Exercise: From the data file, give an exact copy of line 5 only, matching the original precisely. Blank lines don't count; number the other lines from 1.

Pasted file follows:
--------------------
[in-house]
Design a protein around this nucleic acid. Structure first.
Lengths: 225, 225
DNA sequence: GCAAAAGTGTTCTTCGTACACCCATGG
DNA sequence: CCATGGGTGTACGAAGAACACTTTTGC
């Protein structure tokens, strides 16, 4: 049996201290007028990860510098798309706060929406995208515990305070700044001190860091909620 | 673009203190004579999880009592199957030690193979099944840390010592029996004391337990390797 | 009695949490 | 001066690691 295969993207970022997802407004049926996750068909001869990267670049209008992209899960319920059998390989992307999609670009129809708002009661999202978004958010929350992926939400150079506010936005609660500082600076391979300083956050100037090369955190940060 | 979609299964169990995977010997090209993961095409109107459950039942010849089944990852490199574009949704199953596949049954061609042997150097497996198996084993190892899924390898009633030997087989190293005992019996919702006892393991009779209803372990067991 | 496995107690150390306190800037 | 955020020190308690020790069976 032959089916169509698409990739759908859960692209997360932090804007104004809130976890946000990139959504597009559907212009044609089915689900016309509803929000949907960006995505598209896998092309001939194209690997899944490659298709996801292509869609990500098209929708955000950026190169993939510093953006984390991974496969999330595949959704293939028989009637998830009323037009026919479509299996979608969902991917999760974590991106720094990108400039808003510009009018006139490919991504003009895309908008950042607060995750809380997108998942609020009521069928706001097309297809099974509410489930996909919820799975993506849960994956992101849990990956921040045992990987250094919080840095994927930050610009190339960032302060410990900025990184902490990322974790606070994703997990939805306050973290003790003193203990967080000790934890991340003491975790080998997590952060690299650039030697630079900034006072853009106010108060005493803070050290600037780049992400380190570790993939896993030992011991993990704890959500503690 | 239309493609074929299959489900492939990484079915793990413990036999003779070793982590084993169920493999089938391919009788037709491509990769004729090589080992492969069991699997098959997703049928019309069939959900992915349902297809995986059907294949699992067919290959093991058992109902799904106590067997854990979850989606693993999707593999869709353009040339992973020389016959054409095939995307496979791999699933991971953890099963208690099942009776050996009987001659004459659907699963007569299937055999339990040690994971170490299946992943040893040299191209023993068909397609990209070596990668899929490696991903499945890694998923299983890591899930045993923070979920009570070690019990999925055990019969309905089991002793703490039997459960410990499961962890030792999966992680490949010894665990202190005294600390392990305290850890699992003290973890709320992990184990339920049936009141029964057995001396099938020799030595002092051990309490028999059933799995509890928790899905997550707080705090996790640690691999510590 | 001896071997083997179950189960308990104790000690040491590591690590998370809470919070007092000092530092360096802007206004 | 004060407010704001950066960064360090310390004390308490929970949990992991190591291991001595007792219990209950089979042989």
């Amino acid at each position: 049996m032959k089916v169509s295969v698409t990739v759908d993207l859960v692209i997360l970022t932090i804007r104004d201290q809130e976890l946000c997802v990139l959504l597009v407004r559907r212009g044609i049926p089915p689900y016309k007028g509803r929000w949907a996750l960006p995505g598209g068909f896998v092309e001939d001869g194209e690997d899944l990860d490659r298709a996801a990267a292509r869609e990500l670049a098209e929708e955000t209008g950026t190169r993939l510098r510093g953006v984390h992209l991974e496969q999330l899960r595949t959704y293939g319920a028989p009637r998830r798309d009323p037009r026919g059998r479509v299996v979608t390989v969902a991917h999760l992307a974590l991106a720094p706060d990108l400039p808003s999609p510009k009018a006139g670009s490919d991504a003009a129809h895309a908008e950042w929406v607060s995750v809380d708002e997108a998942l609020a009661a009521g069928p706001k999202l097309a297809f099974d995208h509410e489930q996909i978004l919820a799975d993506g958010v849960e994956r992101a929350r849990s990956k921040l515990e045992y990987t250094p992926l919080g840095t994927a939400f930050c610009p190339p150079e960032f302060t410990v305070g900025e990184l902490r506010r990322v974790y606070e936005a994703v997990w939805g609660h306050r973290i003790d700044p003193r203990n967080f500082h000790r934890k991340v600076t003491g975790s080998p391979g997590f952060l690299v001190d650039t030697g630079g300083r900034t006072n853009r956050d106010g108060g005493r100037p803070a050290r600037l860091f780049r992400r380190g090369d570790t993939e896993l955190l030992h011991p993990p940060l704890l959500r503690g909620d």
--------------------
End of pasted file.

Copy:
DNA sequence: CCATGGGTGTACGAAGAACACTTTTGC